The Johnson Publishing Company, once one of the most venerable black businesses in the country as it chronicled the uplift, achievements and tragedies of African-American life, has filed for bankruptcy.
While the Tuesday filing in U.S. Bankruptcy Court in Chicago calls for a court-supervised sale of assets, it does not have a direct impact on Ebony and Jet magazines, which were sold by the company in 2016. But, industry observers say, it does speak loudly to how far the company has fallen since the 2005 death of its founder and patriarch John H. Johnson.
Company officials issued a statement saying they were “caught in a tidal wave of marketplace changes and business issues which, despite exhaustive efforts, could not be overcome.”
“This decision was not easy, nor should it have been,” the company’s press release said. “Johnson Publishing Company is an iconic part of American and African-American history since our founding in 1942, and the company’s impact on society cannot be overstated.”
Alexis Scott, the former publisher of the Atlanta Daily World, called the filing a “significant, tough loss,” of “an important part of American life over the last half of the 20th Century.”
She speaks from experience on just how difficult it is to make the decision to call it quits.
Scott’s family founded the Atlanta Daily World in 1928, one of the few black publishing companies that pre-dates Johnson’s enterprise. It served as a farm system for Johnson: Legendary Ebony editor Lerone Bennett and Jet editor Robert Johnson were both Morehouse College graduates whose first jobs were at the Daily World.
In 1999, Scott launched the paper’s first website, but her family eventually didn’t have the resources to sustain the company. Scott sold the business in 2012 to Real Time Media.
“With the changes in the media landscape, we just couldn’t do it anymore,” Scott said. “We filed a bankruptcy too, but we were able to settle it with the sale. I feel the pain.”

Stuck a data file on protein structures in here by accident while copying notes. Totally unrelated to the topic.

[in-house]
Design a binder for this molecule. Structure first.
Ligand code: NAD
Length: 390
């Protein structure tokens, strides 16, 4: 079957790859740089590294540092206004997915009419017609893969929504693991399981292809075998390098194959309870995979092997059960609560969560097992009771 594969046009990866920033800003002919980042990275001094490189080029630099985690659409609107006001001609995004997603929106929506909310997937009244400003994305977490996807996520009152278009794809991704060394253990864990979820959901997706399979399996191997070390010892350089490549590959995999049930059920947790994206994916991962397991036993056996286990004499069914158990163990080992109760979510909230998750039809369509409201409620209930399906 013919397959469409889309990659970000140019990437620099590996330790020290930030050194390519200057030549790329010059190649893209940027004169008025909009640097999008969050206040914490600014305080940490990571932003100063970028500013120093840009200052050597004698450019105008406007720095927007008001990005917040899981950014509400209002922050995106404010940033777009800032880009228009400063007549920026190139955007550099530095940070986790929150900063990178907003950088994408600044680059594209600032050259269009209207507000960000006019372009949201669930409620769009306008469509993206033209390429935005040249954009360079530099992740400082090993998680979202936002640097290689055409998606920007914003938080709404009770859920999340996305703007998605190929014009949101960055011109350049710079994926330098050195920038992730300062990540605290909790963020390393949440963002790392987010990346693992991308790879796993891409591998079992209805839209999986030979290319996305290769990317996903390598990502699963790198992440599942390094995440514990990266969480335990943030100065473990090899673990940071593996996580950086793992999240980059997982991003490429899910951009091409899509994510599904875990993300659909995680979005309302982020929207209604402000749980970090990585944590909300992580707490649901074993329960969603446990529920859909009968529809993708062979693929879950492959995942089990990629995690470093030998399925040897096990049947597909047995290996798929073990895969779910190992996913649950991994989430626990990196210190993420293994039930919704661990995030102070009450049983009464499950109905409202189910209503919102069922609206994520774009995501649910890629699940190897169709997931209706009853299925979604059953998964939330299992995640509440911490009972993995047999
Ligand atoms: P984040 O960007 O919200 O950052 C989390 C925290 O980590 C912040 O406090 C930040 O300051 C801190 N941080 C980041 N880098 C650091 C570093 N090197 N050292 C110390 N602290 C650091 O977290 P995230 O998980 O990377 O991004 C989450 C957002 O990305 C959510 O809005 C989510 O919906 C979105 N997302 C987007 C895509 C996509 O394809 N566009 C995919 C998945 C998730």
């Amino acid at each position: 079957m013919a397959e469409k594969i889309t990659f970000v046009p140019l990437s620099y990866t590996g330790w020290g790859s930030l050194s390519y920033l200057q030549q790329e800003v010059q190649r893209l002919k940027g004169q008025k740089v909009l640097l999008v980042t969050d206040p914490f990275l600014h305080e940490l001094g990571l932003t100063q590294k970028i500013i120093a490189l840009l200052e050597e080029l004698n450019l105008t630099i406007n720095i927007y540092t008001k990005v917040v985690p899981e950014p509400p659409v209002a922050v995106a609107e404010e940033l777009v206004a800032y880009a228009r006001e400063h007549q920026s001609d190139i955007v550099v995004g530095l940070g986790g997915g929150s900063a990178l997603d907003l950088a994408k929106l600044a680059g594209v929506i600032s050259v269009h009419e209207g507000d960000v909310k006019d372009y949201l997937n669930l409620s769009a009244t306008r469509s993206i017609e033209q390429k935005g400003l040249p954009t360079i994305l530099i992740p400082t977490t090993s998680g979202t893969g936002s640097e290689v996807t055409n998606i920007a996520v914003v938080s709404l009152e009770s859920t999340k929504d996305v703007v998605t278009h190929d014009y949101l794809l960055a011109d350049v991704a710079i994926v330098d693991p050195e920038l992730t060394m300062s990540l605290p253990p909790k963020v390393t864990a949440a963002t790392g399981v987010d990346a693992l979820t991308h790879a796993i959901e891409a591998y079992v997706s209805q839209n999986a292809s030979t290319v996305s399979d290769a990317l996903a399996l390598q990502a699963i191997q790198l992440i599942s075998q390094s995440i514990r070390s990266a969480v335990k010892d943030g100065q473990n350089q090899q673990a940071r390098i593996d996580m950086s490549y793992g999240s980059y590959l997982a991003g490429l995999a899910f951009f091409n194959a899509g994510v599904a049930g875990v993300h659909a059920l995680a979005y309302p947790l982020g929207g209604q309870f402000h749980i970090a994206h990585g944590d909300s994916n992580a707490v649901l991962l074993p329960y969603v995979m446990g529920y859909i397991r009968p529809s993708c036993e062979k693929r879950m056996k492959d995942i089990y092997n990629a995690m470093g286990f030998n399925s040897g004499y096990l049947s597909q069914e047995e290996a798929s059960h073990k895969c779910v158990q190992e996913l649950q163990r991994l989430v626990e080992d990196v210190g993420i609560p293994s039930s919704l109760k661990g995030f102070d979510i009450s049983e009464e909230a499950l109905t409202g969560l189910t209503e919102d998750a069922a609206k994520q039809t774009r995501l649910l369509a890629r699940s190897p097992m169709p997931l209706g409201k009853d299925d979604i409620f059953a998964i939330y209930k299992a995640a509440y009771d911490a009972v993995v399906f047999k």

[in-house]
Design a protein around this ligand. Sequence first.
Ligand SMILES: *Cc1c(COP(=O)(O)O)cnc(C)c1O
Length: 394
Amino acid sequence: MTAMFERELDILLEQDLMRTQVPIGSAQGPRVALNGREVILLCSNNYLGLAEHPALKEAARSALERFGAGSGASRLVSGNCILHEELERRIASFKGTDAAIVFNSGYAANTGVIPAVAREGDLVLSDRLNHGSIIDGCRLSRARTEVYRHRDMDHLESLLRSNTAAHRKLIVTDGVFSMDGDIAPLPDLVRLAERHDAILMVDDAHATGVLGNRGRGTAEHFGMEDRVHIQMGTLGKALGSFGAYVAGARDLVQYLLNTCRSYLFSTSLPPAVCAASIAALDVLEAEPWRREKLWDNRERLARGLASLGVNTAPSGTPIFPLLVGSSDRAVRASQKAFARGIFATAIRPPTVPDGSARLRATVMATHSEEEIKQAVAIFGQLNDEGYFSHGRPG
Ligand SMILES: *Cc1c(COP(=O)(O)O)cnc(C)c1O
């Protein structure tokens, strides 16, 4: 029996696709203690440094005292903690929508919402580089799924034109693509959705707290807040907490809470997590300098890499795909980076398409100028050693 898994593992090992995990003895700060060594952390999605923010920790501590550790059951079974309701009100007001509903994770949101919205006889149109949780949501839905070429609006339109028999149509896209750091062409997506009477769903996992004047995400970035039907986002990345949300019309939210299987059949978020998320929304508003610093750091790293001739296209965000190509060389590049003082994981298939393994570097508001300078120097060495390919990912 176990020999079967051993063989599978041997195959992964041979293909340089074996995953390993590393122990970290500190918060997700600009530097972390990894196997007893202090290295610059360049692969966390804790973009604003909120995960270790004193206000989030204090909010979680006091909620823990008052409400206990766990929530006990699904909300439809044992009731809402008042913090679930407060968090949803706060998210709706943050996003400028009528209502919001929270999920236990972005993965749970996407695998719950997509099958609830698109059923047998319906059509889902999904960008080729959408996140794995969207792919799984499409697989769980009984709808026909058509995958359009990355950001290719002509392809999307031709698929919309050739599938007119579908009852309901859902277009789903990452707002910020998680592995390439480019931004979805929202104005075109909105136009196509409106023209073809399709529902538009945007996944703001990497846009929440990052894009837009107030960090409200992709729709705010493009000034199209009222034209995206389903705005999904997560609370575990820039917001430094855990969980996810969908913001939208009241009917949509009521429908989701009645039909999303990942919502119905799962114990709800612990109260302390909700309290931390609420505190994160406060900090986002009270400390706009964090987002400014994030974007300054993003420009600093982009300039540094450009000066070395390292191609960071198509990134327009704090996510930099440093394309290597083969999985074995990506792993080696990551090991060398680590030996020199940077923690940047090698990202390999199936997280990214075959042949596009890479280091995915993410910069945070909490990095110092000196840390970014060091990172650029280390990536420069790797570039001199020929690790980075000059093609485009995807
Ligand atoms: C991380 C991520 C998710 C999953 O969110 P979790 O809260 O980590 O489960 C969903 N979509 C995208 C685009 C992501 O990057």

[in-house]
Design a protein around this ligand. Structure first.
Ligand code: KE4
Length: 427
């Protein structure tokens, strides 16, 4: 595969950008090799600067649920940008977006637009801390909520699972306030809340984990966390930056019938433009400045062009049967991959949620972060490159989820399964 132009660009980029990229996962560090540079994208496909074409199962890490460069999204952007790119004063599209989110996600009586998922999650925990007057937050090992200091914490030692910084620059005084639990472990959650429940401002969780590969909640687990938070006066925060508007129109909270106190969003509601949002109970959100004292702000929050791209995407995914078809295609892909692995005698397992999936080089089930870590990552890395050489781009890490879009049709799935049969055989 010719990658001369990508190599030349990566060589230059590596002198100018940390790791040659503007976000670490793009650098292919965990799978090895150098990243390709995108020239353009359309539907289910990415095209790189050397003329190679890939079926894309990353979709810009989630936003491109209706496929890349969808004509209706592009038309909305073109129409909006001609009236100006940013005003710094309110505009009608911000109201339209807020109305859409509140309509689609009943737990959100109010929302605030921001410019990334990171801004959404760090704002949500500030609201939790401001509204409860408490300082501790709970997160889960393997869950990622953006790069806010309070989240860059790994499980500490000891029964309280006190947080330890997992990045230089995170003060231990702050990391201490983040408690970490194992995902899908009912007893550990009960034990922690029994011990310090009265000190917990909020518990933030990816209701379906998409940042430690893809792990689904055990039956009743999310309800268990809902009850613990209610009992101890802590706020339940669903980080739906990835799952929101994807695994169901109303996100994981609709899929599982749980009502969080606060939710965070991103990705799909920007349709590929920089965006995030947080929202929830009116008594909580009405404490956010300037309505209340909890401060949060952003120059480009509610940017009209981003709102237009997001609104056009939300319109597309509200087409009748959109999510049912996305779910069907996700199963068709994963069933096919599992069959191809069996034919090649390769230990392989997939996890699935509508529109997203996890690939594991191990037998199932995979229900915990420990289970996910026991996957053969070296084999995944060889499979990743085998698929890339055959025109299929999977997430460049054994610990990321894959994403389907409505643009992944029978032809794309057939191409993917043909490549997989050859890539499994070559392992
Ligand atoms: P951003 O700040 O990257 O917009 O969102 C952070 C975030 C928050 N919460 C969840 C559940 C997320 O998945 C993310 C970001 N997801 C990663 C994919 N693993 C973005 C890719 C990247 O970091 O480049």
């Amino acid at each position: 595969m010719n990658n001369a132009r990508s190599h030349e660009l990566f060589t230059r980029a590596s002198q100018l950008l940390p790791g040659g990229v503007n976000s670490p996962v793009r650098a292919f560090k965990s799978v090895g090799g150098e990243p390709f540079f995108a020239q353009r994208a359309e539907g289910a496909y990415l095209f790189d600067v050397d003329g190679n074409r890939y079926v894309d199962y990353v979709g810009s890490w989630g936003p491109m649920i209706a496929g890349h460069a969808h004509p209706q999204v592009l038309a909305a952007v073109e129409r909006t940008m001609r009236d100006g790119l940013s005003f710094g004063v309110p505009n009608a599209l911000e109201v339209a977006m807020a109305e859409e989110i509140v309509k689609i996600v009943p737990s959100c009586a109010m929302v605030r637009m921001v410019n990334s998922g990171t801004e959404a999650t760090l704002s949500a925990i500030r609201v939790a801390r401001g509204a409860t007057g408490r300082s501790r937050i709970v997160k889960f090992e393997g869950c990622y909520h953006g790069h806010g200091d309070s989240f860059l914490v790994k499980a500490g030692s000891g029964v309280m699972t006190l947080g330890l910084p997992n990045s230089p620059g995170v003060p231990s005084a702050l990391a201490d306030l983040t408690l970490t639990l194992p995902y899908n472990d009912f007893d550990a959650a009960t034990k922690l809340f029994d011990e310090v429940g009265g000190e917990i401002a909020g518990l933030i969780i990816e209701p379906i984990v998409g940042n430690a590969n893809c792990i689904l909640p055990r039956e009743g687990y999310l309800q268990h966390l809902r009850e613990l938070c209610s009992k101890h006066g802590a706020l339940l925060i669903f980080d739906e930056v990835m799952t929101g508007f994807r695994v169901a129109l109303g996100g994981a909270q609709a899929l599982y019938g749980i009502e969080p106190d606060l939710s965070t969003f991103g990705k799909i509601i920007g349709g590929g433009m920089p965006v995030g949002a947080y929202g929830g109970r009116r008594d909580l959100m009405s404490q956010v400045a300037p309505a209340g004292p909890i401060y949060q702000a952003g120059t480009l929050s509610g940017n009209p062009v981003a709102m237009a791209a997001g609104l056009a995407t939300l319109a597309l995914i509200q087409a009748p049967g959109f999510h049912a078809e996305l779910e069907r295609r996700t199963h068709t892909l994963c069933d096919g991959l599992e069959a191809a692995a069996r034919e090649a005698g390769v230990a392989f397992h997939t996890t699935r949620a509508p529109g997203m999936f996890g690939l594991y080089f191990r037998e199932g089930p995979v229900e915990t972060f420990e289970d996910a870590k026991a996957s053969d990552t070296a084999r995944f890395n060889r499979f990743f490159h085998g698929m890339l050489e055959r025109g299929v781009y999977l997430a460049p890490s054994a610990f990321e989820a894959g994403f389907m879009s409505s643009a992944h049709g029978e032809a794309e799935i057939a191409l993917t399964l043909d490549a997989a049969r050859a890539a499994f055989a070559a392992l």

Johnson, the grandson of slaves, built his publishing company after borrowing $500 against his mother’s furniture.
It became a multimillion-dollar publishing and cosmetics empire that made him one of the wealthiest and most influential black men in the United States. Johnson won the Presidential Medal of Freedom in 1996 and was inducted into the National Association of Black Journalists Hall of Fame in 2004. The journalism program at Howard University is named after him.
In 2003, two years before his death, Johnson Publishing pulled in $488.5 million in sales.
After selling Ebony and Jet, Johnson Publishing focused on its cosmetics division, Fashion Fair, and the company’s massive photo archives, which it had unsuccessfully tried to sell in 2015 for $40 million. Both will be among the assets to be sold through the bankruptcy process.
“For 70 years, Johnson Publishing provided black families with a piece of history to call their own,” said National Association of Black Journalists president Sarah Glover. “Ebony and then Jet were coffee-table mainstays sharing stories from black communities often under-served by their local mainstream media organizations.”
Black families have long hoarded old editions of the magazines as a reminder of what was and is.
Johnson’s first magazine, founded in 1942, was Negro Digest, a journal that condensed articles of interest to black people and published the poems and short stories of black writers. Its final issue was published in 1976.
Ebony magazine arrived in 1945, followed in 1951 by Jet magazine. From the start, Johnson made it clear that his magazines would portray black people in a more positive light and offer a truer depiction, to counter the stereotypes that often filled white-owned newspapers and magazines.
The oversized monthly Ebony featured cover stories on black heroes and stars, such as the Rev. Martin Luther King Jr., Henry Aaron and the Jackson 5.
The Jet Beauty of the Week was often the first thing many readers turned to in the pocket-sized Jet, which also featured everyday people’s weddings and anniversaries. Even the advertising in the magazines highlighted black people.
But the magazines were also hard-hitting as they closely followed the civil rights movement. In 1955, Jet was the first publication to run photos of a battered and unrecognizable Emmett Till, a 14-year-old African-American boy who murdered in Mississippi, in his casket.
“Publishing those photos really galvanized the community, and it led to the real activism of the modern civil rights movement,” said Scott, who counts as one of her prized possessions a 1959 copy of Ebony with Sidney Poitier on the cover.
Inside that issue is a story on her father, William A. Scott III, who was a chess champion.
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